In the light of the clinical efficacy of so-called checkpoint inhibitors it has become increasingly evident, that adoptive T-cell therapies, especially those targeted against solid tumors, might similarly profit from mechanisms which counteract immunosuppressive signals. In this regard, combination of CAR T-cells with checkpoint inhibitors has led to favorable results in pre-clinical models (51, 52) as well as clinical studies [reviewed in Yoon et al. (14)]. Generation of T-cells for adoptive transfer requires the ex vivo isolation, expansion and engineering of patient T-cells. It can be envisioned that molecules counteracting immunosuppressive signaling in T-cells, i.e., internal checkpoint inhibitors, can be additionally introduced during this process. In this regard, first attempts to target major immune checkpoints have been published. As early as 2002, Bollard et al. (53) could show that overexpression of a dominant-negative TGF-beta receptor strongly enhanced anti-tumor immunity in vitro, which was followed up by the same group in murine models (54). Similarly, approaches to modify PD1 signaling using overexpression of a dominant-negative PD-1 receptor (55), chimeric PD-1 fused to the intracellular signaling domain of CD28 (56), shRNA-mediated knockdown (55) or CRISPR/Cas9-mediated knockout of PD-1 on adoptively transferred T-cells (57) has led to improved tumor recognition and clearance in murine models. Taken together these studies provide first important insights into the feasibility and the therapeutic potential of intrinsic immune checkpoints.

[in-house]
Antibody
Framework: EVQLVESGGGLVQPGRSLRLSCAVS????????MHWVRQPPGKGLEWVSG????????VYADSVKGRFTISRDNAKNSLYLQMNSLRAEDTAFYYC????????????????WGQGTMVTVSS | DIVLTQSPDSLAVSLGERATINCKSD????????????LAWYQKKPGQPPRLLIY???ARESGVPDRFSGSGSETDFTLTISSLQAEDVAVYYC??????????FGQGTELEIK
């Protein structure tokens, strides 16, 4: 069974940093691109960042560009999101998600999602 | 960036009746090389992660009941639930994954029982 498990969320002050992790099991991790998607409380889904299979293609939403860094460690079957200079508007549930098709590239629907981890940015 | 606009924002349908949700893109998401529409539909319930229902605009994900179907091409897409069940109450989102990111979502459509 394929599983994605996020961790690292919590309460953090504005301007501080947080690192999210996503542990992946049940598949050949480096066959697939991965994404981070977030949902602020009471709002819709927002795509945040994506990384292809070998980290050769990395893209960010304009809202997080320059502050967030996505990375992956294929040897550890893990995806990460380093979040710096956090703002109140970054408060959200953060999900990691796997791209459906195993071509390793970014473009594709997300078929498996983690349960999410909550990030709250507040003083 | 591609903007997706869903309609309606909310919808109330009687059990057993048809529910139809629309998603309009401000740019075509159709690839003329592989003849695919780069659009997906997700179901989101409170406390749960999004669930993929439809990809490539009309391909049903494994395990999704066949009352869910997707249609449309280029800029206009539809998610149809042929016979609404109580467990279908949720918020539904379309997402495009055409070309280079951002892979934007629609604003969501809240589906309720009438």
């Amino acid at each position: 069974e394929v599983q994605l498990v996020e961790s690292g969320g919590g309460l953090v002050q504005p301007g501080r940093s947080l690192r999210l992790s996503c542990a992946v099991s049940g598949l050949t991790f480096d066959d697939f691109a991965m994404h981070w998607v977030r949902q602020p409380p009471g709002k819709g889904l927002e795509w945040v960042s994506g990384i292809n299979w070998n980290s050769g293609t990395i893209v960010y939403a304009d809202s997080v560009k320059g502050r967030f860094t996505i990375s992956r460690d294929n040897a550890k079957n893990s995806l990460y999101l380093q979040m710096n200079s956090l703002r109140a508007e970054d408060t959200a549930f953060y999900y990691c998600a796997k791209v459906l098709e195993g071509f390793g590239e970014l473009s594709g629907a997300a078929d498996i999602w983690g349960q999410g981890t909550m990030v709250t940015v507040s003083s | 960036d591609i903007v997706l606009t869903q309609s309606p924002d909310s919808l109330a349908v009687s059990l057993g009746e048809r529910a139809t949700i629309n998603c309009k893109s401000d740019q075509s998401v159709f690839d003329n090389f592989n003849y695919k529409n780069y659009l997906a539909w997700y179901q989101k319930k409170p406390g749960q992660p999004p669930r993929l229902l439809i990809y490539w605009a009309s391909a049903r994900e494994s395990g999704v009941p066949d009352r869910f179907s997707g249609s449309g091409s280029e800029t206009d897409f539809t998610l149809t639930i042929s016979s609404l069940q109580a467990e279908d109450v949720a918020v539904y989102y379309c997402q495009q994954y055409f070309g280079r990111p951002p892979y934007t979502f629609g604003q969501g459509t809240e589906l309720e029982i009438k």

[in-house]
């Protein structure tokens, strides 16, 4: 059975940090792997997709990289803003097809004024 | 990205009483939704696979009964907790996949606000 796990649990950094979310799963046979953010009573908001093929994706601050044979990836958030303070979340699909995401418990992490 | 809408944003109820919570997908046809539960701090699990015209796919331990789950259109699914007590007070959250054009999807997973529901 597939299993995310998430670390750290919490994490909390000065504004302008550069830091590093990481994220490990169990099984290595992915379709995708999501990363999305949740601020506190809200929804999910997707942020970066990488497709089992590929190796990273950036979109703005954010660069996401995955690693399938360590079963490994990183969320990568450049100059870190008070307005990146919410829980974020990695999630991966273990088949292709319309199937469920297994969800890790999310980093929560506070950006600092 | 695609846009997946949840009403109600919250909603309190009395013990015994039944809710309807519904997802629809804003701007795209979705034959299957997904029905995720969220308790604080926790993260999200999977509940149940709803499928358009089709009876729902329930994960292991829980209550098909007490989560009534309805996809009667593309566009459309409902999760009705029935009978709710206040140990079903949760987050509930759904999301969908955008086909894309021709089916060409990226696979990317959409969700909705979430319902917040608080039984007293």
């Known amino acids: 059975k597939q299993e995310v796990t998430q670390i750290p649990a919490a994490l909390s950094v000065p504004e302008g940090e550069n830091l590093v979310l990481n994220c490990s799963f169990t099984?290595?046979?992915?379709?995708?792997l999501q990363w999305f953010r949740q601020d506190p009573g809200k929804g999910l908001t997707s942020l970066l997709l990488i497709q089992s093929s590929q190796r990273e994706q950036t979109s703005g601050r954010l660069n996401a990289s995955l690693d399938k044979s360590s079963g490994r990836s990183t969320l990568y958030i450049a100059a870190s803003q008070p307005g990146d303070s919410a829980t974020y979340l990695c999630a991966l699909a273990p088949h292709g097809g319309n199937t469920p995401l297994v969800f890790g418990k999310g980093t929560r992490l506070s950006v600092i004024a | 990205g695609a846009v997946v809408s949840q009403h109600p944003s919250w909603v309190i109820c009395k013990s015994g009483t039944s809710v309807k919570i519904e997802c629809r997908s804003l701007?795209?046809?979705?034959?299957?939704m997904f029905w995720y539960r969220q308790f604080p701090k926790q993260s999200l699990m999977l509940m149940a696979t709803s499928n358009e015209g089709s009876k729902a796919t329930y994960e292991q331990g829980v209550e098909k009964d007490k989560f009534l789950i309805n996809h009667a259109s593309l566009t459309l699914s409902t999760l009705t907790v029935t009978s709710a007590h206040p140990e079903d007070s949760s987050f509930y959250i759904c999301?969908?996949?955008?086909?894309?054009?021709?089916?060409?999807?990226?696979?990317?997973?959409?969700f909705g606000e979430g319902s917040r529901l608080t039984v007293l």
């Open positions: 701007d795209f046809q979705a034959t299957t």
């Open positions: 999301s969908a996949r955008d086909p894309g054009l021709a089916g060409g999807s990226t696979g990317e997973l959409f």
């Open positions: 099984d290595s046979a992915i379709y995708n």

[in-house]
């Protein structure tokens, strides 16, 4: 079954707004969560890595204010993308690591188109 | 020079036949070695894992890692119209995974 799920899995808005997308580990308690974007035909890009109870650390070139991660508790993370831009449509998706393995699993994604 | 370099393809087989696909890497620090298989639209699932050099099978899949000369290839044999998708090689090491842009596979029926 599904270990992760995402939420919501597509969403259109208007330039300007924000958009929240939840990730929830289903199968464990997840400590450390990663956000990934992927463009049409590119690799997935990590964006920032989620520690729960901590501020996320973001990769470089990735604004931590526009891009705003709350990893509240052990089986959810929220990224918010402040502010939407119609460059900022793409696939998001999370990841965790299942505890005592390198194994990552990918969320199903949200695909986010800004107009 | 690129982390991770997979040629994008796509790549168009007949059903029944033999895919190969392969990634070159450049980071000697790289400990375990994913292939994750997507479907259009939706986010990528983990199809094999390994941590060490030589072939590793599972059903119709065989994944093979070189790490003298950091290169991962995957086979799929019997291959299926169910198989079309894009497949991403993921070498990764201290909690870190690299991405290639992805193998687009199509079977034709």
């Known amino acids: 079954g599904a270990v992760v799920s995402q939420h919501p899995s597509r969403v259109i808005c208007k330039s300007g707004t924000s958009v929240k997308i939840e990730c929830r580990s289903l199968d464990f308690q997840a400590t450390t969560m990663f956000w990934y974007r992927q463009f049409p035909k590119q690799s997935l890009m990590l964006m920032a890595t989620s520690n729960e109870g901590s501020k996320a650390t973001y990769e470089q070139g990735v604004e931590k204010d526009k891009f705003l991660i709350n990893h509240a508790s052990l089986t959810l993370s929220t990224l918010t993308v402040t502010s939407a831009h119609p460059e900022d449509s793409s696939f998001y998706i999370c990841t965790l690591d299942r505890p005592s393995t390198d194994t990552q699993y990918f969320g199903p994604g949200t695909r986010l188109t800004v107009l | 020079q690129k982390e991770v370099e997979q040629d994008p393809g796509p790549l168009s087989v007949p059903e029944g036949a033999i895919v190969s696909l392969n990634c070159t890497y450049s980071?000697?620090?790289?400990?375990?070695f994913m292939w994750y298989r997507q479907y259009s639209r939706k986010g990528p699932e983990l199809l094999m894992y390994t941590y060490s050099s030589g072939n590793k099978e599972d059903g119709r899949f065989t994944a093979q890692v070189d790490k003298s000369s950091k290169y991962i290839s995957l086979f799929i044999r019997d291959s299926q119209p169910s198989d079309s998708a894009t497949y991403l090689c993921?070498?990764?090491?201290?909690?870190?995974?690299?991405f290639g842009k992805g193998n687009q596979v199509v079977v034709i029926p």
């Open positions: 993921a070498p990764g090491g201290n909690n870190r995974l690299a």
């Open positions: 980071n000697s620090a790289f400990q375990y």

Malignant cells do not present as uniform cell-populations and among others the tumor-microenvironment and the acquisition of immunosuppressive mechanisms/immune checkpoints may strongly vary between different tumor entities and even individuals affected from the same type of tumor (58). Increasing evidence exists that the landscape of immune-evasion is very complex and features many cellular and soluble entities as well as metabolic alterations (59). Among others, mechanisms which induce cAMP in tumor-infiltrating effector T-cells may play a prominent role (60). In this regard, the adenosine generating ectoenzymes CD39 (61, 62) and CD73 (62) as well as the A2AR (63) have been proposed as immune checkpoints and expression of these molecules in tumor tissue has been correlated with poor prognosis (64). Similarly, COX-2 expression leading to high PGE2 levels has been described in different tumors (32, 33). Several studies have aimed to assess the efficacy of blockade of these mechanisms in combination with CAR T-cells. In this context, most researchers have evaluated the application of small molecule inhibitors to the above described molecules (65). While these approaches have led to significantly enhanced CAR T-cell activity in murine models, several obvious pitfalls exist. First, targeting a single mechanism in a complex immunosuppressive environment might not suffice to restore full CAR T-cell activity. Furthermore, both adenosine as well as PGE2 have a multitude of physiological functions other than immunoregulation, which might be similarly affected by systemic application of the respective inhibitors. Consequently, other approaches have aimed to target intracellular signaling pathways downstream of cAMP, most prominently the PKA. In one study, addition of the PKA-inhibitor Rp-8-Br-cAMPS could significantly improve T-cell responses in the presence of A2AR agonists. However, in line with our observations, this treatment could not fully abrogate the suppressive effects of cAMP (46). In a recent study, overexpression of a peptide blocking binding of PKA to the scaffold protein Ezrin was shown to improve T-cell activation under suppression by both PGE2 as well as adenosine in vitro and in vivo (66). However, multiple studies have pointed out that PKA signaling is not solely responsible for the T-cell suppressive function of cAMP, and PKA-independent signaling via other molecules such as Epac have been described (27, 32, 67, 68). Consequently, we have chosen to target cAMP as it acts as the central hub linking different extrinsic immunosuppressive mediators to several downstream signaling pathways. In our approach, we followed the strategy first described by Klein et al. (30), who used overexpression of a PDE to degrade cAMP in tTreg. These studies have led to important insights into the relevance of cAMP in Treg function. However, the possibility to use this mechanism as checkpoint inhibitor in effector T-cells has not been considered so far. In our experiments, overexpression of PDE4A in primary human CD4+ and CD8+ T-cells efficiently protected them from cAMP-mediated immunosuppression. PDE4A-transgenic T-cells were fully resistant to the suppressive effects of PGE2 and A2AR agonists in all activation and effector readouts measured. This included proliferation, the secretion of pro-inflammatory cytokines, the lysis of target cells as well as the up-regulation of inhibitory molecules. Similarly, effector T-cell responses under suppression by regulatory T-cells were significantly improved by PDE4A overexpression. Generation of transgenic T-cells for adoptive therapy relies on the genetic manipulation of donor lymphocytes which may contain residual Treg. Considering the data from Klein et al. (30) and from our study, our approach would thus not only protect effector T-cells from the suppressive effects of potential bystander Treg, but also efficiently disarm these cells. Importantly, PDE4A-transgenic T-cells did not show increased reactivity in comparison to control-vector transduced T-cells under non-suppressive conditions, thus limiting the potential for increased immune mediated side effects during therapy. Importantly, overexpression of PDE4A also did not affect viability of the transgenic T-cells. Furthermore, the use of a human physiological enzyme should also minimize the potential immunogenicity of the introduced molecule, which could in principle limit the efficacy of the adoptively transferred T-cells. It must also be considered that 11 different PDE families have been characterized in human cells so far which all show different affinity and specificity toward cAMP (69). It remains to be assessed, whether overexpression of PDE4A is the optimal approach, or whether other PDEs show an even better profile as immune checkpoint inhibitors.